Are there any cash prizes?
I’ve heard some guild chapters give out their own awards. What’s that about?
What is the Historical Masquerade?
Why is documentation so important for this masquerade and why does it have its own category?
Can my parents/friends/etc. come to see the shows?
I’ve heard there are no activities/panels scheduled opposite the shows. Why is that?
This is supposed to be a 4 day conference. Why should I stay through Monday?
I’d like to volunteer. Who should I talk to?


Your feedback is appreciated.

CapsuleCorp
05-26-2011, 09:43 PM
"Everyone looks like they’re so much better than me! Why should I bother?"

I have been asking myself this ALL WEEK ever since Nora put up the link to the galleries. I spent all night ogling costumes from the 90's and feeling so unworthy. :D

No really that's a good list, so far. If you want to make sure you have all the unique events covered, you might also include "what is" questions for the Future Fashion Show/Folio and the Single Pattern contest. ESPECIALLY the Folio - I just fielded questions about it from one of MACS's newest members last week, now that I think about it.

Buddycat
05-27-2011, 07:56 AM
That would be the sound of completely having a blind spot that missed that. Not sure what happened - whether I just missed it in cut and paste, or I really did completely forget it. Thanks!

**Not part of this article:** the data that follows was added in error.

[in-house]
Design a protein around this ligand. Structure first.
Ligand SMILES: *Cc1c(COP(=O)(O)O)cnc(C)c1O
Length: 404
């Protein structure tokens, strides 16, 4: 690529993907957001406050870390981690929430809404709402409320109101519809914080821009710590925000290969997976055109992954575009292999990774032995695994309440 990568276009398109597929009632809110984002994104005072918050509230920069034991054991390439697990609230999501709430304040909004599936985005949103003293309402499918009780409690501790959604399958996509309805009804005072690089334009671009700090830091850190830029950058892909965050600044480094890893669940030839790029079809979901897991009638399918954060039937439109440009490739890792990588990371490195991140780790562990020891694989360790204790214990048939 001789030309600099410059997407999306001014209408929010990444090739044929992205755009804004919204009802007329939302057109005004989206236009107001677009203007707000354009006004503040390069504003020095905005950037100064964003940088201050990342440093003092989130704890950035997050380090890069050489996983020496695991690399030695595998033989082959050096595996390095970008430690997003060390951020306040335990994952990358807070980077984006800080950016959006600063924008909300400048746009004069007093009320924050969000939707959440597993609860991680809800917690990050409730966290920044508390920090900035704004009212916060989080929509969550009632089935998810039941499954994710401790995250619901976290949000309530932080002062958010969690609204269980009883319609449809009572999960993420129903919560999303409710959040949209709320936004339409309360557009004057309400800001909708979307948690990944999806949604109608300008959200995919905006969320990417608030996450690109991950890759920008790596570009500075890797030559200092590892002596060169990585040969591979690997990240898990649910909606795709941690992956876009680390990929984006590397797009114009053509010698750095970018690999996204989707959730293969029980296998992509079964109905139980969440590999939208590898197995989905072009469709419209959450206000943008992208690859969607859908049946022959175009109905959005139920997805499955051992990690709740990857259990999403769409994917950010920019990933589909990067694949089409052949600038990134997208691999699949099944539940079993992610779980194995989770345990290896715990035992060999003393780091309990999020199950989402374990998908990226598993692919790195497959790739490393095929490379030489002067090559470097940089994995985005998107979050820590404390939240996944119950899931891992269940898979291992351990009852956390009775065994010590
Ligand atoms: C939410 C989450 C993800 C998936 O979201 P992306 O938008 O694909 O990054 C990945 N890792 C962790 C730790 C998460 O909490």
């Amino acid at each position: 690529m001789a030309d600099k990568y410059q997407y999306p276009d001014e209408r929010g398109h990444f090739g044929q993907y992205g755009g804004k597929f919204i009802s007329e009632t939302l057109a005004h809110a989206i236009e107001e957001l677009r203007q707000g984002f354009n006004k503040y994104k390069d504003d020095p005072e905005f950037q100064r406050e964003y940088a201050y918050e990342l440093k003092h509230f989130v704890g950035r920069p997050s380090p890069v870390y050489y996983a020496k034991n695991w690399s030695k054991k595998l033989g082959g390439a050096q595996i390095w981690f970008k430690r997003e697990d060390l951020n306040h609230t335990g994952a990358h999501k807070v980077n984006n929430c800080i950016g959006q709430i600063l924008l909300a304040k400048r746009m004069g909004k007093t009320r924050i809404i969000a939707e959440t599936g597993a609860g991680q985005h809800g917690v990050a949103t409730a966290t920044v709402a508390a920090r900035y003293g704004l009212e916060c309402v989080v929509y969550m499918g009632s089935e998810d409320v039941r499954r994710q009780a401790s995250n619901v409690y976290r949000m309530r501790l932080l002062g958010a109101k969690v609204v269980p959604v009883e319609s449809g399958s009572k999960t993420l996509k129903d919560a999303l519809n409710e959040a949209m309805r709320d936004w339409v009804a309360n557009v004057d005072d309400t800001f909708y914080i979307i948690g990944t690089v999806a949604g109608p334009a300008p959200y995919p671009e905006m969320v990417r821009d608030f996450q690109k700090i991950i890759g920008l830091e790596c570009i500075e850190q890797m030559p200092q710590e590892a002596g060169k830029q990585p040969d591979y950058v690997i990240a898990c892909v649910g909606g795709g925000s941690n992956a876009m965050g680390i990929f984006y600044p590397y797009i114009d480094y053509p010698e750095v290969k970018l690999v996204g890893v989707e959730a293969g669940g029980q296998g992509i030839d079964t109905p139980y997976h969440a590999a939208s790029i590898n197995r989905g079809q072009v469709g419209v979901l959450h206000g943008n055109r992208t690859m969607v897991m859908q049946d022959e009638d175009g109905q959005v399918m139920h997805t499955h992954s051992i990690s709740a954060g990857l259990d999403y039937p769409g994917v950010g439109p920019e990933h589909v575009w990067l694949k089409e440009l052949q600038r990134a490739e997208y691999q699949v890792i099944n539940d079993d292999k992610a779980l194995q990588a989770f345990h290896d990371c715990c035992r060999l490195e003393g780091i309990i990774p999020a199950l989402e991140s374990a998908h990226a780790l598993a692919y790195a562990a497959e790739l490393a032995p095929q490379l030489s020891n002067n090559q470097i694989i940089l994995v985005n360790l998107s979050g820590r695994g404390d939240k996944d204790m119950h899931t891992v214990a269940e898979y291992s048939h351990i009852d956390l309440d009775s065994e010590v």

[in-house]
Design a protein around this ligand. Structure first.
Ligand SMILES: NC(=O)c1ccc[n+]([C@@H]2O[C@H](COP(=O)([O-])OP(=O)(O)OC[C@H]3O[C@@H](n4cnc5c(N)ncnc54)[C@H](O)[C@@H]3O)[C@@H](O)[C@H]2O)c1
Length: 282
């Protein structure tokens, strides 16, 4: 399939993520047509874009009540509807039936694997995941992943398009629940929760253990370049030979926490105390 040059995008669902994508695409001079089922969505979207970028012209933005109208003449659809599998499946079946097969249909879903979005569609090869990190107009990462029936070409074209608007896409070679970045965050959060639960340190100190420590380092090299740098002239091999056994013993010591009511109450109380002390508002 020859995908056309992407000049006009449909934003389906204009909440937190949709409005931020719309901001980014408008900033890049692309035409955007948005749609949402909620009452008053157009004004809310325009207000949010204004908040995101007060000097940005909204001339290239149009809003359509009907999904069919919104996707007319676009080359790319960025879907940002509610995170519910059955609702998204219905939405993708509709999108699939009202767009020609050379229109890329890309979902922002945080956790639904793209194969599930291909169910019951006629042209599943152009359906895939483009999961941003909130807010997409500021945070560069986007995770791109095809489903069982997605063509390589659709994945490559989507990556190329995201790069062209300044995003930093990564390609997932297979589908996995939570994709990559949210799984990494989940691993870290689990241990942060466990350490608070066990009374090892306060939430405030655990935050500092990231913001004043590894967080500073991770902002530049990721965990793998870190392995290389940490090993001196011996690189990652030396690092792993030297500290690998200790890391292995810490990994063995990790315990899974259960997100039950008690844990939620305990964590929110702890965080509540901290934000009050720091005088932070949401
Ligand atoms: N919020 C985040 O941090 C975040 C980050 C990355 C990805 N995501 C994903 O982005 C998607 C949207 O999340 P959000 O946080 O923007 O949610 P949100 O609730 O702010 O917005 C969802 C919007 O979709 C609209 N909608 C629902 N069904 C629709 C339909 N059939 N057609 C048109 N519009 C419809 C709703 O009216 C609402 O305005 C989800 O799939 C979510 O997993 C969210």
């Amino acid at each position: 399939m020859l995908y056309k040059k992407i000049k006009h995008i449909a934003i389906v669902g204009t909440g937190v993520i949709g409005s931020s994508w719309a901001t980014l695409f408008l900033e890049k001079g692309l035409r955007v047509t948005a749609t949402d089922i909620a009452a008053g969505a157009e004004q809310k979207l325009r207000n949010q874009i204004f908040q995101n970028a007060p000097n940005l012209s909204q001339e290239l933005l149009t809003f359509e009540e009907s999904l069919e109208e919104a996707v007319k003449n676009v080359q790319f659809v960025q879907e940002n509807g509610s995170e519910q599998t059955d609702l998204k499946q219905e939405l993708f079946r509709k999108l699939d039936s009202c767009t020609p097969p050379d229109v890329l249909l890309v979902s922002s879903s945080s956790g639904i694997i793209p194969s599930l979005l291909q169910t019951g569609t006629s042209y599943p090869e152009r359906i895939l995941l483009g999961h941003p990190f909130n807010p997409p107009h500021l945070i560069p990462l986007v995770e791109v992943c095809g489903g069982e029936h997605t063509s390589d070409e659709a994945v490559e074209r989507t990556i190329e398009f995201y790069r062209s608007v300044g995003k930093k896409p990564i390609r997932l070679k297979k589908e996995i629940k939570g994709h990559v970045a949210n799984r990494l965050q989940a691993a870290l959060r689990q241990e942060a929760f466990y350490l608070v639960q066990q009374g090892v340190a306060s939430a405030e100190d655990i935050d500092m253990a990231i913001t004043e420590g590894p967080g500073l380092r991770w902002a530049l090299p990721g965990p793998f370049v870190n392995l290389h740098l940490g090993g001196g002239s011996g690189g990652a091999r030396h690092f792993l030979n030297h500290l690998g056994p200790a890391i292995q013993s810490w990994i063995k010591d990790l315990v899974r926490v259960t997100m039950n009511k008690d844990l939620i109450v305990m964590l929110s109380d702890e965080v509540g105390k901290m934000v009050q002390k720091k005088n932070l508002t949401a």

Anything else anybody has questions on?

Aurora Maryte
05-27-2011, 11:46 AM
I think that list of FAQs is great, and covers everything I would have wanted to know, and likely anything that any newcomer could want to know. That's awesome. :)

Buddycat
05-27-2011, 09:41 PM
Okay - to add to the FAQ for the things I forgot:

What is the Future Fashion Folio?
How do you submit designs?
How are the designs judged?
How can I enter when I can't/don't draw?
Do I have to be a member of the convention?
Can I make up someone's design, even though I can't go to CC this year?
What happens in the Future Fashion Show?
What is the Single Pattern competition?
Are there any other competitions?

Kaijugal
06-03-2011, 01:19 PM
You put this more eloquently then I was going to put it. The fact of the matter is most cosplayers are in it for the attention, the being fawned over, the people spazzing over the characters, the connection they make with other fans of said character and that's not something they're going to get at costume con.

We have a saying here in Toronto that I think sums up what many people in this thread have said nicely: